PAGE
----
Josh James

Reporter / Webmaster

Josh James fell in love with college radio at Western Kentucky University's student station, New Rock 92 (now known as Revolution 91.7). After working as a DJ and Program Director, he knew he wanted to come home to Lexington and try his hand in public radio.

In 2003, he joined WUKY as a part-time reporter and weekend announcer. He's earned several awards from the Kentucky Associated Press, including Best Radio Documentary in 2005. An avid music fan raised on The Beatles and British Invasion rock, James also enjoyed a stint in the programming department, hosting WUKY's Rock & Roots from 11-1 pm weekdays.  He currently works as a reporter and webmaster for the station. When he's off duty, James enjoys songwriting, philosophy, and kicking back with his cat, Brooklyn.

Ways to Connect

Josh James / WUKY

The state budget arrived on the governor's desk just under the wire late Friday night as lawmakers pushed through priority legislation before the midnight deadline.

Josh James / WUKY

Final passage of the state's $22 billion spending plan looms large on the last day of the 2016 legislative session, but a number of other bills wait in the wings.

Josh James / WUKY

The first major touring exhibition of art from the United Arab Emirates makes its final stop at the University of Kentucky this week.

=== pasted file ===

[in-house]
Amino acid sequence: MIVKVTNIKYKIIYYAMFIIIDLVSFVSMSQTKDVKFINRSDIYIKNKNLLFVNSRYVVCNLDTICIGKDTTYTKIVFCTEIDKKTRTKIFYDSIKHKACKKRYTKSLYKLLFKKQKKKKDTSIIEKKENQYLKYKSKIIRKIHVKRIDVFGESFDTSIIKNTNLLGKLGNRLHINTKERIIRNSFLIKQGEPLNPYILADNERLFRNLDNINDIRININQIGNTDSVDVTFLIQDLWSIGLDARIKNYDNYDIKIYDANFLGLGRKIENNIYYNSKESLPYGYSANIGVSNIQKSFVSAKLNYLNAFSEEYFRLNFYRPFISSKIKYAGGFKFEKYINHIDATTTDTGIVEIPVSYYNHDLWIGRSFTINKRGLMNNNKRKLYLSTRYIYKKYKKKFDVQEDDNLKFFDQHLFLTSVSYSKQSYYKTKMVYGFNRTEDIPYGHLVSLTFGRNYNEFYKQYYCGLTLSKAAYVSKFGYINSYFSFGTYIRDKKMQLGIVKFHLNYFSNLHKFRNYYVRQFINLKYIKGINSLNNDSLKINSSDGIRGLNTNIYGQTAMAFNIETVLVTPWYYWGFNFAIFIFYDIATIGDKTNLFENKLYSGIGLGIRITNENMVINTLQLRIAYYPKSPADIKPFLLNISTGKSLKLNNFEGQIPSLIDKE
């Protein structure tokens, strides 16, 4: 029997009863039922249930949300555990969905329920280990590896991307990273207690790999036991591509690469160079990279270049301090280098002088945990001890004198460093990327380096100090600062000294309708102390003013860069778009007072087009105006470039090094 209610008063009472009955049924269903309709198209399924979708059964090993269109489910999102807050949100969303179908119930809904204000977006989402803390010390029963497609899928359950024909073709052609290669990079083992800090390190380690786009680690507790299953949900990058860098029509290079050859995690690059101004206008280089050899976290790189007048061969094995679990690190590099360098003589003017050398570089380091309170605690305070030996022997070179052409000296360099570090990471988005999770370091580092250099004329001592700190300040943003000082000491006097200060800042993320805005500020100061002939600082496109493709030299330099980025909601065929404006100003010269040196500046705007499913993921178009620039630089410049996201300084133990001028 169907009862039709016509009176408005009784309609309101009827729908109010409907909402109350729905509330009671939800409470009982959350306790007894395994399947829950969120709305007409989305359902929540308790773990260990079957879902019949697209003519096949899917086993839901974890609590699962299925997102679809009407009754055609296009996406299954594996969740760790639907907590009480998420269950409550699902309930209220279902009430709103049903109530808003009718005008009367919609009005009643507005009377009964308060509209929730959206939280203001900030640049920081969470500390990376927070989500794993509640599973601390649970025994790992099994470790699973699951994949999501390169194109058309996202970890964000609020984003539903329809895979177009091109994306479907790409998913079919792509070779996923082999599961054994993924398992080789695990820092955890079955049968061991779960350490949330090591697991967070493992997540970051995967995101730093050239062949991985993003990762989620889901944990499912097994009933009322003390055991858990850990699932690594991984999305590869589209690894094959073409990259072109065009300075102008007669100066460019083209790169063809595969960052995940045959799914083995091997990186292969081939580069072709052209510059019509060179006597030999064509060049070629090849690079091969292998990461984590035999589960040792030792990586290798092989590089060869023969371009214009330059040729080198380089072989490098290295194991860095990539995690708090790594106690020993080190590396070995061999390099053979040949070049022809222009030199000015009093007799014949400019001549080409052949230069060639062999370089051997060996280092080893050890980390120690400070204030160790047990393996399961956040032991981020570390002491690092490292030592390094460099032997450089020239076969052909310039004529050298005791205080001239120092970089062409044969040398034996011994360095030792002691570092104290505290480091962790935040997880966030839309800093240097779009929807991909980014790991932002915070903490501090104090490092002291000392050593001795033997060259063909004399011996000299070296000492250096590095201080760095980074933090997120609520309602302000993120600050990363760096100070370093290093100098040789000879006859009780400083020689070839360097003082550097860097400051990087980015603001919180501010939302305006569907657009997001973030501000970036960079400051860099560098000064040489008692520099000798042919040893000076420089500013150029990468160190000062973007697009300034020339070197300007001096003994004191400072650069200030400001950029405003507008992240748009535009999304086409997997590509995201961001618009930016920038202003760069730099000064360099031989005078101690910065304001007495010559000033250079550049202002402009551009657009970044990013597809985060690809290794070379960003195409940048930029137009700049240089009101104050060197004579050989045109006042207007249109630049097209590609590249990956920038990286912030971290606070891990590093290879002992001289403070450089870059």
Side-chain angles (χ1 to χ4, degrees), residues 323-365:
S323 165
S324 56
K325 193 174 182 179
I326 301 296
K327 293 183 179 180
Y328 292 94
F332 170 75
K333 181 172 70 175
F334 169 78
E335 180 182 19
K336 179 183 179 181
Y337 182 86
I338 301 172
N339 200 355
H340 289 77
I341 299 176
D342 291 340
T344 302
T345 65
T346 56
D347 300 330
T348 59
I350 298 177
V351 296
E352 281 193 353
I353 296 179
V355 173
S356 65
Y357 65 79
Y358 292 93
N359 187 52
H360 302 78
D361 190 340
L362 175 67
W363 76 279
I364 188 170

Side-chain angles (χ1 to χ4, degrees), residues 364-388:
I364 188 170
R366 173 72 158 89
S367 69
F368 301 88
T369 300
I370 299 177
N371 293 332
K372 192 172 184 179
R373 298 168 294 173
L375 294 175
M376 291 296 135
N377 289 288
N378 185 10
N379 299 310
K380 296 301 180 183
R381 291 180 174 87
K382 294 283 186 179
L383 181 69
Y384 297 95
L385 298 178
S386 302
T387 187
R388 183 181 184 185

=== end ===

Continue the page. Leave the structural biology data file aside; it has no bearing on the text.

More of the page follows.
Josh James / WUKY

University of Kentucky officials want to make the temporary closure of a portion of Rose Street permanent.

Associated Press

A University of Kentucky political analyst says, now more than ever, voters should exercise caution in reading public polls.

knightfoundation.org

Imagining the possibilities for Lexington’s Phoenix Park – that’s the goal of a pilot project that just received the blessing of the Knight Cities Challenge.

Associated Press

The increasingly heated debate over Gov. Matt Bevin’s mid-year education cuts has a new, high-profile player: Democratic presidential hopeful Hillary Clinton.

Josh James / WUKY

Kentucky Attorney General Andy Beshear is making good on a promise to take legal action against the governor over fourth quarter education funding reductions ordered in March.

LRC Public Information

Lawmakers would like to have a budget compromise by Sunday night, which would give staff enough time to sort through the lengthy two-year spending plan in time for a final vote Tuesday.

Josh James / WUKY

Threatened legal action against Gov. Matt Bevin over his executive order trimming current-year funds for higher education won’t move forward just yet. A spokesman for Attorney General Andy Beshear says Monday is the earliest he might take the governor to court.

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